Sep 27, 2009 at 1:11 AM Post #740 of 4,217

DeusEx

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Quote:

Originally Posted by roadcykler /img/forum/go_quote.gif
If you're buying your first road bike I wouldn't recommend a fixed gear. They take some getting used to. I don't know about over there but around here the hipsters ride fixies to be trendy. A decent commuter or hybrid should do you well given the mileage you say you plan to ride. I wouldn't spend very much either. Even lower line bikes from reputable manufacturers like Trek, Specialized, Cannondale and so on, should provide good service for your needs.


I'd get the Trek Soho for a hybrid - it's quite nice. Otherwise, I'd just get a CX bike if you're more athletic or need more speed. CX bikes are awesome for commuting.
 
Sep 27, 2009 at 3:53 AM Post #741 of 4,217

oldskoolboarder

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Quote:

Originally Posted by DeusEx /img/forum/go_quote.gif
Anyone done Fargo Street Climb?

I'm considering it this weekend, if I don't stay at the beach house...



I've heard of that before. Did you do it?
 
Sep 27, 2009 at 3:58 AM Post #742 of 4,217

oldskoolboarder

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Cools pix MightyCharlou. Is that elevated woodwork or just structures on your ride? I rode Whistler last month, just before Crankwerx. Not a downhiller, more of a XCer. Great riding, tons of trails near the resort. I did some woodwork but I didn't have the guts to ride the really tricky stuff.
 
Sep 27, 2009 at 4:02 AM Post #743 of 4,217

oldskoolboarder

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Would agree w/ roadcycler. If you're not used to a fixie, it can be tough. You have to pay attention, even moreso if you don't run brakes (which you should, at least the front).

You may be OK w/ the gearing if you're on flat terrain but you have to decide if you'll be limited w/ one gear. I have 1 fixie and several singlespeeds. The fixie is used sparingly because after years of using it, I'm still not comfortable on it.

In the UK, you might want to check out On One. I have their Il Pompino frame and I think they sell built up bikes. Great bikes.
 
Sep 27, 2009 at 4:38 AM Post #744 of 4,217

DeusEx

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Quote:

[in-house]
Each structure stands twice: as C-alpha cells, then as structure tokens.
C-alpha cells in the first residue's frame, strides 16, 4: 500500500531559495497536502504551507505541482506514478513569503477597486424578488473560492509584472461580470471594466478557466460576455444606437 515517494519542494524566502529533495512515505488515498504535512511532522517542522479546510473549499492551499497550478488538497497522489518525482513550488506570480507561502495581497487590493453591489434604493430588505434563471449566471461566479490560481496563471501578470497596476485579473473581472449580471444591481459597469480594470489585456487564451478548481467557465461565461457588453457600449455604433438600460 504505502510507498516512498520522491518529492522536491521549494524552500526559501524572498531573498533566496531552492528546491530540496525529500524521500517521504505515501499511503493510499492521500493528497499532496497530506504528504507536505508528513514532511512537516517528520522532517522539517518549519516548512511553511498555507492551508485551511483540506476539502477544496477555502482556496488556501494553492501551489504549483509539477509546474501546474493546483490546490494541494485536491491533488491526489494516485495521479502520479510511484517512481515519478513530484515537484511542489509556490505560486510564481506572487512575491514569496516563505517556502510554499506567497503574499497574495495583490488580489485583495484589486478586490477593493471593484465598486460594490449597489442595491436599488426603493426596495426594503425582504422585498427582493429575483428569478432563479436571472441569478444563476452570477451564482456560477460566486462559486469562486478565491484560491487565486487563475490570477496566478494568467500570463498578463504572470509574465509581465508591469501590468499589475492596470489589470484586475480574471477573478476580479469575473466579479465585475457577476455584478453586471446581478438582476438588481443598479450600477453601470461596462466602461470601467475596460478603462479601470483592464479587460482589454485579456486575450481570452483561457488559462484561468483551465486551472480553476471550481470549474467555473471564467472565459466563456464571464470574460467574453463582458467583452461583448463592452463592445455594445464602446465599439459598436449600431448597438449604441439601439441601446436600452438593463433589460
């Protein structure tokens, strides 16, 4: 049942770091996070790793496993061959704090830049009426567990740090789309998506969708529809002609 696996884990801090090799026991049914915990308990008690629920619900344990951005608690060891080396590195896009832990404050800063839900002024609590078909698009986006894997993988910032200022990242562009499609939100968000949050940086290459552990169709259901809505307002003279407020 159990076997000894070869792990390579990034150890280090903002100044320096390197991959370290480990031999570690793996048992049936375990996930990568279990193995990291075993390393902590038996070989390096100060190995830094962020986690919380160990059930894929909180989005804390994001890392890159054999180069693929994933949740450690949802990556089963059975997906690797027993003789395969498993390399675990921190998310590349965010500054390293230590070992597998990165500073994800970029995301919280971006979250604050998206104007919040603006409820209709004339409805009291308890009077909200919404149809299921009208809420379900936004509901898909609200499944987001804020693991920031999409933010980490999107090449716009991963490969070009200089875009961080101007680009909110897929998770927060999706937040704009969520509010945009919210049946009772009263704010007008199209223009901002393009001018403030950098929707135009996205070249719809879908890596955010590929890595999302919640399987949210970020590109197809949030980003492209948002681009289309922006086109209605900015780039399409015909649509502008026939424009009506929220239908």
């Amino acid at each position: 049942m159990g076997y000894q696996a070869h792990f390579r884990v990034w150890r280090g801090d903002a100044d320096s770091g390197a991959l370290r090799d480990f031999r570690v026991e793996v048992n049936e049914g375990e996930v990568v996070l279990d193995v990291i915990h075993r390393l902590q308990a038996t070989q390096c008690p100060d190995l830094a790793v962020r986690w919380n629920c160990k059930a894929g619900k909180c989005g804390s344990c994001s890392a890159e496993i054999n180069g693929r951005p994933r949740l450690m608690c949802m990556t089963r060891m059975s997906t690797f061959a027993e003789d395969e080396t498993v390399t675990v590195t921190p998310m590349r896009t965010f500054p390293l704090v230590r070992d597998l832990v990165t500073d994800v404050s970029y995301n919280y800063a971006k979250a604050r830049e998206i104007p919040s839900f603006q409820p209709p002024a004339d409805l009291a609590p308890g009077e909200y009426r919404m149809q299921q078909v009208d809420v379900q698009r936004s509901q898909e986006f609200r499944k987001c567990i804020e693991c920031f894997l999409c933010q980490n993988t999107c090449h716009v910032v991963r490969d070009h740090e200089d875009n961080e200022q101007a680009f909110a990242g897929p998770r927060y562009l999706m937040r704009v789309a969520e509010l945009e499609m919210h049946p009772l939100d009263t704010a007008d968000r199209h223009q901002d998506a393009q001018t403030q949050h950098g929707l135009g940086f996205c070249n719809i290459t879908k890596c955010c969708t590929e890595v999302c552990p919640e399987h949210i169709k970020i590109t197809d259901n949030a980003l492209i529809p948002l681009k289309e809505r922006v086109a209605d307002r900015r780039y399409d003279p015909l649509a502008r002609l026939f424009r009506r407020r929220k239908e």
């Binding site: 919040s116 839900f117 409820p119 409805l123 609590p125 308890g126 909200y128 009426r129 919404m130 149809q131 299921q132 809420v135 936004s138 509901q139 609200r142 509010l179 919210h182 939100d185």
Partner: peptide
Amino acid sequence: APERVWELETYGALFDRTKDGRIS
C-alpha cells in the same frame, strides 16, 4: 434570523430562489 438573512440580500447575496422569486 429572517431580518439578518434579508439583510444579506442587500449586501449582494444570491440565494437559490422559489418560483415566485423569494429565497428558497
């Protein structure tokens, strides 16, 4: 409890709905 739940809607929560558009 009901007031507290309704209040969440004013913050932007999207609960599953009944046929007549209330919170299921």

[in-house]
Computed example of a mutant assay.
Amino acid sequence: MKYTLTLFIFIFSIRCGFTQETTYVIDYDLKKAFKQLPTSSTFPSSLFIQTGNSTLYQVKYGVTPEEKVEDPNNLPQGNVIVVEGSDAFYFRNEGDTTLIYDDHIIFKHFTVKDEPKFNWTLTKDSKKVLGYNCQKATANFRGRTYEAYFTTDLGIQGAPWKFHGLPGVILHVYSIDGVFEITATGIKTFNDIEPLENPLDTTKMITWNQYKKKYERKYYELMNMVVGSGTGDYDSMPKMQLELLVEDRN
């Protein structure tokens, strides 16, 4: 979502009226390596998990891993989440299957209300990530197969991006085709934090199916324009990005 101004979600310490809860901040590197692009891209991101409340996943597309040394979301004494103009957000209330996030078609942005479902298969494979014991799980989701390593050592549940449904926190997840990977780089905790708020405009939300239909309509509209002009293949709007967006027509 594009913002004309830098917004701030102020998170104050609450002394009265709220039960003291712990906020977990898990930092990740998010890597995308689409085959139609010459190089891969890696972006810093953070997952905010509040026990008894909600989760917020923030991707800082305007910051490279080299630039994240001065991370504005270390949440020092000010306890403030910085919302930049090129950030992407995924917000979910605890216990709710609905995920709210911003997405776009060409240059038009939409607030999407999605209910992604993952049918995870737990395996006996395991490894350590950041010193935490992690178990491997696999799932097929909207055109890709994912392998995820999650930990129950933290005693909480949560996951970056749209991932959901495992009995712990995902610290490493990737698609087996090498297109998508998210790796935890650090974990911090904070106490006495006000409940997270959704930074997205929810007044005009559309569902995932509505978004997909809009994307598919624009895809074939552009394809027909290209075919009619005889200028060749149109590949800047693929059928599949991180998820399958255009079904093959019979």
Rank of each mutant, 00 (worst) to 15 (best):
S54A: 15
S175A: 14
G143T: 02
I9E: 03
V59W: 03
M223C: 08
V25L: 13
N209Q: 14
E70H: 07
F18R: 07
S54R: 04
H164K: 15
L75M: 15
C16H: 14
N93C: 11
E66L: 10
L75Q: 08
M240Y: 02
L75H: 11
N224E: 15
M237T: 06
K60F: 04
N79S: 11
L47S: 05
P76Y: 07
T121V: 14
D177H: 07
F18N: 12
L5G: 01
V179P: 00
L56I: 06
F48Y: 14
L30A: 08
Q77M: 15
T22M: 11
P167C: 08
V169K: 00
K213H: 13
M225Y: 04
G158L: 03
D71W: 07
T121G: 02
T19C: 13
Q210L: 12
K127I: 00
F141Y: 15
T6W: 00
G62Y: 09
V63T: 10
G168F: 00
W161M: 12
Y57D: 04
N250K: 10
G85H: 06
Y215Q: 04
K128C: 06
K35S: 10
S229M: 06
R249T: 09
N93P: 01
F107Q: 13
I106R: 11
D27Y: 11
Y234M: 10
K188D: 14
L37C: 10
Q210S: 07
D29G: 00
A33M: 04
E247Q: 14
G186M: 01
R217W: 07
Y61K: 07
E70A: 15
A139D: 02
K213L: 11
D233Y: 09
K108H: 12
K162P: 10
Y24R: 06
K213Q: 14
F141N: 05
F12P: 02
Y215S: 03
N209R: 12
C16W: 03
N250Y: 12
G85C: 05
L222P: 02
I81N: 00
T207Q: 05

Originally Posted by oldskoolboarder /img/forum/go_quote.gif
I've heard of that before. Did you do it?


Supposed to one of the steepest climbs in CA....~34% grade...
I had a school business event I had to attend, so I couldn't do it. Plus, SoCal's been extremely hot these days (today it was 95-96F)...it's 9:30 PM right now, and my room is 88F (AC is getting redone). This has got to be the worst 2 months I've ever been through in terms of heat....or else I would bike to downtown LA...it takes 15-20min by car, so it shouldn't be too bad for biking.

Anyone have a Redline? Mine's a Conquest Sport CX/Road Bike.
 
Sep 27, 2009 at 11:49 PM Post #745 of 4,217

beetle-juice

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This is my '09 Trek 4300. I have had it only for a month now.
DSCN0479.jpg
 
Sep 28, 2009 at 3:38 AM Post #746 of 4,217

MightyCharlou

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Quote:

Originally Posted by oldskoolboarder /img/forum/go_quote.gif
Cools pix MightyCharlou. Is that elevated woodwork or just structures on your ride? I rode Whistler last month, just before Crankwerx. Not a downhiller, more of a XCer. Great riding, tons of trails near the resort. I did some woodwork but I didn't have the guts to ride the really tricky stuff.


Look like it was an elevated woodwork, about 50' long, 8 - 12' high. Most of it lay on the ground now. I've never see it in proper condition. Could'nt find any trail at one end so it might be very old.
The site is about 1km from town in the forest. I'll go back there to see if i can find other vestiges
smily_headphones1.gif


There are no bike park around here. Think the nearest is in Mont Tremblant i'm not even sure if there is one. I'm a trail/mud kind of guy.
 
Sep 30, 2009 at 2:11 PM Post #749 of 4,217

singular

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Thought you guys might be interested in seeing my new cross bike for the winter.

3953524356_c2a31e1271.jpg


More pics and info here

@kayodot - the Revolution bikes are very good value for the money. For your purposes I'm sure it'll be fine. Building your own (unless you go 2nd hand) is almost definitely going to work out more expensive - and not advisable unless you have some idea of what you are doing.
 
Sep 30, 2009 at 3:41 PM Post #750 of 4,217

KayoDot

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Quote:

Originally Posted by singular /img/forum/go_quote.gif
@kayodot - the Revolution bikes are very good value for the money. For your purposes I'm sure it'll be fine. Building your own (unless you go 2nd hand) is almost definitely going to work out more expensive - and not advisable unless you have some idea of what you are doing.


Thanks very much for the advice. I'm going to be getting it next Wednesday once my payment comes through, coupled with a Kryptonite Fahgettaboudit lock. Hopefully it won't get stolen again!